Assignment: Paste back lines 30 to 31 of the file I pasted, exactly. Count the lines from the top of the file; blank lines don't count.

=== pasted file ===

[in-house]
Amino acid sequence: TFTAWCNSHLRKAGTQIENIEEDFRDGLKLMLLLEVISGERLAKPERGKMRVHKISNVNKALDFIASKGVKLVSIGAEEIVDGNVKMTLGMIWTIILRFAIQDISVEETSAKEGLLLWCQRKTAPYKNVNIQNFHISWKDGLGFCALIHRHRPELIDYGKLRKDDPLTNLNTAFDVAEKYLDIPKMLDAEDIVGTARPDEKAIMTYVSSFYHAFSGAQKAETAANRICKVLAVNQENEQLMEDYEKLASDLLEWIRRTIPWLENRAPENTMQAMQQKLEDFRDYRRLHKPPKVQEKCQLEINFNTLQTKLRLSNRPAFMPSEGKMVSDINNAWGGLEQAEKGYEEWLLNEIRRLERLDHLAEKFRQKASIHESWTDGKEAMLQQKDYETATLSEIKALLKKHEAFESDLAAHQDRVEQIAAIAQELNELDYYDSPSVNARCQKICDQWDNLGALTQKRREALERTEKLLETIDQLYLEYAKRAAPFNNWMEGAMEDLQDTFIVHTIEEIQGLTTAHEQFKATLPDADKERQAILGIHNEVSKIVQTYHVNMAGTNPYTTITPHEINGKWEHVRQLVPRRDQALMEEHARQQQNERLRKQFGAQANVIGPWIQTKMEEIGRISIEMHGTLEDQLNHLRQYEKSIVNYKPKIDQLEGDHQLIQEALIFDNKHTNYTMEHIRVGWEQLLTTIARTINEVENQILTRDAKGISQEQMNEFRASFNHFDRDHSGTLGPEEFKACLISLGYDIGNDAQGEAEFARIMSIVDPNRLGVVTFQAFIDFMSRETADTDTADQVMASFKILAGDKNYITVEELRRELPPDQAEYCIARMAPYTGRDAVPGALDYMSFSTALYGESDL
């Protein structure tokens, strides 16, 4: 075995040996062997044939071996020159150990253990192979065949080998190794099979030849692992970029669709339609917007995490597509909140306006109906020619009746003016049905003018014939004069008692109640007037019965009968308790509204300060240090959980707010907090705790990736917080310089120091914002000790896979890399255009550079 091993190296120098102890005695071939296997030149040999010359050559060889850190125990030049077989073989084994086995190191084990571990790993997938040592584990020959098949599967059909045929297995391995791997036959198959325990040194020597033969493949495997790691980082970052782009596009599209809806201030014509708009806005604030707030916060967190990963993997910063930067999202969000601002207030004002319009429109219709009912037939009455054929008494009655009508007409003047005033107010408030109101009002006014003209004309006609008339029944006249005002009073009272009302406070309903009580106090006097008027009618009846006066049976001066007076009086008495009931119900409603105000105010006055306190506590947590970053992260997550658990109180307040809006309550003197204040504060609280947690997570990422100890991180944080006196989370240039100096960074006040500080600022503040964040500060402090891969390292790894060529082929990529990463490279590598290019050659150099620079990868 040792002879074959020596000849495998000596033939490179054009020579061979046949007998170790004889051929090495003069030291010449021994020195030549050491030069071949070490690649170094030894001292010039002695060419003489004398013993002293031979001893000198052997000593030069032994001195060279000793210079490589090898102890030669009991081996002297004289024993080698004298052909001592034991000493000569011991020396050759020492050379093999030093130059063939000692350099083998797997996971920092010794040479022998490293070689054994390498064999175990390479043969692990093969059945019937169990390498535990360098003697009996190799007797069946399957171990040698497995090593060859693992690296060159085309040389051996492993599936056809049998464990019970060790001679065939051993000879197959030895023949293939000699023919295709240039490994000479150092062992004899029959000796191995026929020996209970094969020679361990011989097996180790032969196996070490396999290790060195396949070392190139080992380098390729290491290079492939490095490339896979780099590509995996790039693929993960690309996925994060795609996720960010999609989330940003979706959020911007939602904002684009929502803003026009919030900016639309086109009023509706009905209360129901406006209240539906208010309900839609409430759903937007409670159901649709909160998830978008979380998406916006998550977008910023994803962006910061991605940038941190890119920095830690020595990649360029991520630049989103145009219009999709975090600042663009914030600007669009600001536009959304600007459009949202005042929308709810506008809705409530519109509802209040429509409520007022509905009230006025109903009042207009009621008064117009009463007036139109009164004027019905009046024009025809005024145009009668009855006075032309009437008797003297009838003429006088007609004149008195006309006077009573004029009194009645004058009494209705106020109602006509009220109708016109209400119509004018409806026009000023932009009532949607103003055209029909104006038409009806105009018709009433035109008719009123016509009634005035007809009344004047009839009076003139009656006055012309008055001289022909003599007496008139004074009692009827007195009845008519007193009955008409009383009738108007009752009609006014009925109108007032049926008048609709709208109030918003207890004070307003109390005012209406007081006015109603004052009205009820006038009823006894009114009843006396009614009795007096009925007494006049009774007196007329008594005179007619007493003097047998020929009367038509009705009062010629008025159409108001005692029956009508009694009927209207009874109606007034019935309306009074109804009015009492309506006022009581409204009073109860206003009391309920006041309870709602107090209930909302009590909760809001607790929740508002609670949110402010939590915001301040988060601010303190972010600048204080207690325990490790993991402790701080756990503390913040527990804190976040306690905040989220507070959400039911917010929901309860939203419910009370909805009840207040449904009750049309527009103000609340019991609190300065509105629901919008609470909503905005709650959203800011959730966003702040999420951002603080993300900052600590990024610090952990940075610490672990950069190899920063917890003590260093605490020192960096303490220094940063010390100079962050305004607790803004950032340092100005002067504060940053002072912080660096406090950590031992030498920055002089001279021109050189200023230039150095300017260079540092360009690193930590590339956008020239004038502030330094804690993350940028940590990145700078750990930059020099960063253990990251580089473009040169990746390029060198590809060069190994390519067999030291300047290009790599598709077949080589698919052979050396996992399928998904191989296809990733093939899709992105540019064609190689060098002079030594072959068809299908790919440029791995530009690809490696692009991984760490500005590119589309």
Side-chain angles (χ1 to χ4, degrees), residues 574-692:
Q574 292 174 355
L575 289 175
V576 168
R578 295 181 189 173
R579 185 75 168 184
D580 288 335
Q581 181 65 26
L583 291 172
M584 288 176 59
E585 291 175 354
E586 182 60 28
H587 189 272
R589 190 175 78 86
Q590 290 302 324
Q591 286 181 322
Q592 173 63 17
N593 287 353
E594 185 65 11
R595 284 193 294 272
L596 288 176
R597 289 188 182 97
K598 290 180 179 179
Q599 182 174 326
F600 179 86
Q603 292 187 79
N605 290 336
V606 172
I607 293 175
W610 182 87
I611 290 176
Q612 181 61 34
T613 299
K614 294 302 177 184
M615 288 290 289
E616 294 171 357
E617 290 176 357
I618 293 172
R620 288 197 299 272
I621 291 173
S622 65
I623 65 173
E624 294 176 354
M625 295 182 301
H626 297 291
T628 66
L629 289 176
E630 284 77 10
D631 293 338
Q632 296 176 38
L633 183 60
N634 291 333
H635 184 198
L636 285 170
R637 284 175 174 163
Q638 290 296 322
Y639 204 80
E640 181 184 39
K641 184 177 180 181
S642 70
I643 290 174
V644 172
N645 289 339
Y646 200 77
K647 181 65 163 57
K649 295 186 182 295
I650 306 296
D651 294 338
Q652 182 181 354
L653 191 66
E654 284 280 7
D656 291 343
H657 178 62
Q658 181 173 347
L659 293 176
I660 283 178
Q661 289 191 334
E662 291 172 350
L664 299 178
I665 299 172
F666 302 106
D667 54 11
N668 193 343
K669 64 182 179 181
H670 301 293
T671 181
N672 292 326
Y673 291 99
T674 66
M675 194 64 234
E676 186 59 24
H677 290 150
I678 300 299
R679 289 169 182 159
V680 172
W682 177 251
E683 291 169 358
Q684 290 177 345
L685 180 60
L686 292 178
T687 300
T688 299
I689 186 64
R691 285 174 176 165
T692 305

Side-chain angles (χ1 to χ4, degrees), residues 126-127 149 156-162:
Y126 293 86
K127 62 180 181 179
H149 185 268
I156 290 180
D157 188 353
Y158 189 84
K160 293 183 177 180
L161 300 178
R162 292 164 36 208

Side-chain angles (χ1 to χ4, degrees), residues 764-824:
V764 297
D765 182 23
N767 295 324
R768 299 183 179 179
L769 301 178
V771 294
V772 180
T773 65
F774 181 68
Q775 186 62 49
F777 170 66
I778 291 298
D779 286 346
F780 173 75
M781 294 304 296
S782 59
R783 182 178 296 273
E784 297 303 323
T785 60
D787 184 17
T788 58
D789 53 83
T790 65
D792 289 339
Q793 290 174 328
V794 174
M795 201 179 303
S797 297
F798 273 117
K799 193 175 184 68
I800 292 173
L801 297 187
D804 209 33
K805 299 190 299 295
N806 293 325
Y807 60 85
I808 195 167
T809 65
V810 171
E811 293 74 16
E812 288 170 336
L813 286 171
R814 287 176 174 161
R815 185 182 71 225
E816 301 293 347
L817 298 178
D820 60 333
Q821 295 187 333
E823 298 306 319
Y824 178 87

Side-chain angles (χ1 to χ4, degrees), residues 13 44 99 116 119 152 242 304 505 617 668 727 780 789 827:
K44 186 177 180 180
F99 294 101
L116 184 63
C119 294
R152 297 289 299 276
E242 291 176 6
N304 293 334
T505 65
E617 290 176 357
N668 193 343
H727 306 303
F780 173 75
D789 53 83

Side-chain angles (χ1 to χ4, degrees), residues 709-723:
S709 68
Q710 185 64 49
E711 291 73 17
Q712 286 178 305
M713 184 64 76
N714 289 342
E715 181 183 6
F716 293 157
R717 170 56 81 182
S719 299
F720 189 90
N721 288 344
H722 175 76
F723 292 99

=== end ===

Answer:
N605 290 336
V606 172